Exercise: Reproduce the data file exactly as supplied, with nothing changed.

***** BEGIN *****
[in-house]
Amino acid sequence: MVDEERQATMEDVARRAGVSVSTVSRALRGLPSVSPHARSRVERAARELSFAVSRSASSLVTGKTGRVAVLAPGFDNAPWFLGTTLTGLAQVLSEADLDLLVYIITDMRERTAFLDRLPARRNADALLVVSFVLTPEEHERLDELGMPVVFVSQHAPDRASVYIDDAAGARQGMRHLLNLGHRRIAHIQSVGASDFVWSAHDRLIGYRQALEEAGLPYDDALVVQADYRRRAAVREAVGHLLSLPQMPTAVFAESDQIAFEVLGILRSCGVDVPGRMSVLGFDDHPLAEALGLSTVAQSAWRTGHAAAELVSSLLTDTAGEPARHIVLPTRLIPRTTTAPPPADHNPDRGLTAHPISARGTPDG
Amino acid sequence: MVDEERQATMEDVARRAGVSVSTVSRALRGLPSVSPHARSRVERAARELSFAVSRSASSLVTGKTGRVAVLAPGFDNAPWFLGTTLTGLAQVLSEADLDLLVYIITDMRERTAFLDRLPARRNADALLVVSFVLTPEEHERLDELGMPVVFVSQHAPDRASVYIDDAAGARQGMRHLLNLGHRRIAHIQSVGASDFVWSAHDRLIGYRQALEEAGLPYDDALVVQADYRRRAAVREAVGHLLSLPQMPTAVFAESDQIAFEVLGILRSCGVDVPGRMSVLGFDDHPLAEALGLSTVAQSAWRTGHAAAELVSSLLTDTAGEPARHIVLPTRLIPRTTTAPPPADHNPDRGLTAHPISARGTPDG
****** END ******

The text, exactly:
[in-house]
Amino acid sequence: MVDEERQATMEDVARRAGVSVSTVSRALRGLPSVSPHARSRVERAARELSFAVSRSASSLVTGKTGRVAVLAPGFDNAPWFLGTTLTGLAQVLSEADLDLLVYIITDMRERTAFLDRLPARRNADALLVVSFVLTPEEHERLDELGMPVVFVSQHAPDRASVYIDDAAGARQGMRHLLNLGHRRIAHIQSVGASDFVWSAHDRLIGYRQALEEAGLPYDDALVVQADYRRRAAVREAVGHLLSLPQMPTAVFAESDQIAFEVLGILRSCGVDVPGRMSVLGFDDHPLAEALGLSTVAQSAWRTGHAAAELVSSLLTDTAGEPARHIVLPTRLIPRTTTAPPPADHNPDRGLTAHPISARGTPDG
Amino acid sequence: MVDEERQATMEDVARRAGVSVSTVSRALRGLPSVSPHARSRVERAARELSFAVSRSASSLVTGKTGRVAVLAPGFDNAPWFLGTTLTGLAQVLSEADLDLLVYIITDMRERTAFLDRLPARRNADALLVVSFVLTPEEHERLDELGMPVVFVSQHAPDRASVYIDDAAGARQGMRHLLNLGHRRIAHIQSVGASDFVWSAHDRLIGYRQALEEAGLPYDDALVVQADYRRRAAVREAVGHLLSLPQMPTAVFAESDQIAFEVLGILRSCGVDVPGRMSVLGFDDHPLAEALGLSTVAQSAWRTGHAAAELVSSLLTDTAGEPARHIVLPTRLIPRTTTAPPPADHNPDRGLTAHPISARGTPDG